“I’ve never had this feeling,” said Narr with a beaming smile. “It’s indescribable. I still can’t believe it. My mind’s like, ‘Did that really happen? Did I really just win the state championship?”
Bound for the U.S. Naval Academy, Narr wasn’t the only one trying to grasp the state-title.
“I was overwhelmed,” said Jessica’s mother, Lois Narr, Cambridge-SD’s head coach. “I was crying, screaming, happy. Nobody’s worked harder than her.
“It was like being in a dream,” Lois Narr continued. “The first part was like being in a dream, too, because I thought (she was running to plan). But then when she started to lose ground it started to look a little nightmarish there for a few minutes. And then ... it was unbelievable. Unbelievable.”
Narr will run the 800 and 1,600 meters on Saturday.
Few people on Colonel Richardson’s team have worked harder than Bolden this year. After not placing as a freshman, Bolden finished in eighth place in the long jump a year ago. But the junior has steadily added length this year under the guidance of jump coach Jim Samiec, and bolstered his confidence by winning the Bayside Conference and 1A East Region crowns.
“Last year I came here to perform and was like weak coming out,” Bolden said. “So I felt like this year was my year to get it. I guess I worked harder this year than I did last year.”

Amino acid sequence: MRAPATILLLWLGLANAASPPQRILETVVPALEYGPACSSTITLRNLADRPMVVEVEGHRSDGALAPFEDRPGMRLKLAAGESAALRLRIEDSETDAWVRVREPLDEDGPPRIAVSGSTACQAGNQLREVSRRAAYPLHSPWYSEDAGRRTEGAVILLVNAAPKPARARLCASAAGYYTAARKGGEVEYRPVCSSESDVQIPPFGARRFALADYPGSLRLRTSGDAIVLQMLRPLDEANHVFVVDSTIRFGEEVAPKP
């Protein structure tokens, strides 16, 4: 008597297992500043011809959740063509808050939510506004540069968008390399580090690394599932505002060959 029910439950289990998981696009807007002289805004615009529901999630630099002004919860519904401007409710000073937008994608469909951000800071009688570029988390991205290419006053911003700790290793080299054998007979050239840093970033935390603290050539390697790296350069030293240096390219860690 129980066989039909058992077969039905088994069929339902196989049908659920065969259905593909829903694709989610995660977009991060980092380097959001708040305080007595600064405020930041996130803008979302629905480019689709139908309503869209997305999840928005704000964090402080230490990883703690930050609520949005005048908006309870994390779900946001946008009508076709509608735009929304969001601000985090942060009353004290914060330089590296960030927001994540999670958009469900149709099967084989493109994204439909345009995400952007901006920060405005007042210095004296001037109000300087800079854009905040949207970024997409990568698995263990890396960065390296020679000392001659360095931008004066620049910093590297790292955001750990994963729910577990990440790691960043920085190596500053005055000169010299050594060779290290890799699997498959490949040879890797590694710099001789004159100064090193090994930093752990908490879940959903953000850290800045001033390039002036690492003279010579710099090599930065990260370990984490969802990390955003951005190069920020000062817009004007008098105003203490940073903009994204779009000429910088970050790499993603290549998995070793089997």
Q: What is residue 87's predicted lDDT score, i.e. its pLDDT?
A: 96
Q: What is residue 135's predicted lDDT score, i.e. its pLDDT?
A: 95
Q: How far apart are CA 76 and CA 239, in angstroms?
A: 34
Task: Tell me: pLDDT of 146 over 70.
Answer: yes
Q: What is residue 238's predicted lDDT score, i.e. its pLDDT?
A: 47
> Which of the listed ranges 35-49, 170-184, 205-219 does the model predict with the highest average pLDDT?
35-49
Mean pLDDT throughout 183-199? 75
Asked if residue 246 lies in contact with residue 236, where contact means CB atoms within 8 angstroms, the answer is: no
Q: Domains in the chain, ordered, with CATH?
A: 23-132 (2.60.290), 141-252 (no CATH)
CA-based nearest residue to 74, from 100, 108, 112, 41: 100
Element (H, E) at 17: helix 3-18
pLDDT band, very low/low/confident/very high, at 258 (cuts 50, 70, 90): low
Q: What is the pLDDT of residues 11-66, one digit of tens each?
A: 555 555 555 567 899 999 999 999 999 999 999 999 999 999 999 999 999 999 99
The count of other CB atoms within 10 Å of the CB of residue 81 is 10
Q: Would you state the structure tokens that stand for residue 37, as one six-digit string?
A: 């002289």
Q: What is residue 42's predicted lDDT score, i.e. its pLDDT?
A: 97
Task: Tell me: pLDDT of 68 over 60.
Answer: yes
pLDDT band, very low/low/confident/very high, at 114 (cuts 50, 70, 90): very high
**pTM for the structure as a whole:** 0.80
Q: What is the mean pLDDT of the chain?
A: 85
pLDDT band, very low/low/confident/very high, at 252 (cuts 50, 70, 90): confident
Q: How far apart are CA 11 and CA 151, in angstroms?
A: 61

Bolden wasted little time. He took the lead with his first jump of 20 feet, 8 inches. He would win the meet on his second attempt, though, flying through the air before splashing into the sand with an effort of 21-10.
“He put in a lot of work this year,” said Colonel Richardson coach James Jackson of Bolden, who would have won the title with four of his other jumps — 20-10 1/2, 21-1 1/2 and 21-2 1/4. “He had coach Jim (Samiec) come in and teach him some new techniques. He did it all on his own through hard work and dedication.
“I think when he came in eighth last year that kind of hurt him a little bit,” Jackson added. “So with him coming in this year from the start of the season until now, jumping hard every day and trying to improve ... the kid did it on his own.”
Bolden will compete in the triple jump on Saturday.
Cambridge-SD’s Zakiya Chikwendu was third in the girls’ 1A pole vault, clearing 8-6.
Queen Anne’s junior Nikolai Rhodes placed fourth in the 2A boys’ 3,200, clocking a personal-record 9:49.91. Three seniors finished ahead of Rhodes, led by champion Chase Weaverling of Poolesville, who won in 9:25.33.
Kent Island’s Darien Neely was fourth in the boys’ 2A shot put, setting another school record with a heave of 47-8 1/2. Easton’s Tyriek Jacobs finished fourth in the boys’ 2A long jump at 21-3.
Kent Island’s Kamryn Dodd was seventh in the girls’ 2A discus with a toss of 95-2, followed by Queen Anne’s Takia Dozier in eighth at 91-11.
North Caroline’s Claudia Damico hit a PR with her eighth-place finish in the girls’ 2A triple jump, leaping 34-11 1/4. Kent Island’s Emily Bowen was 10th at 33-5 1/4.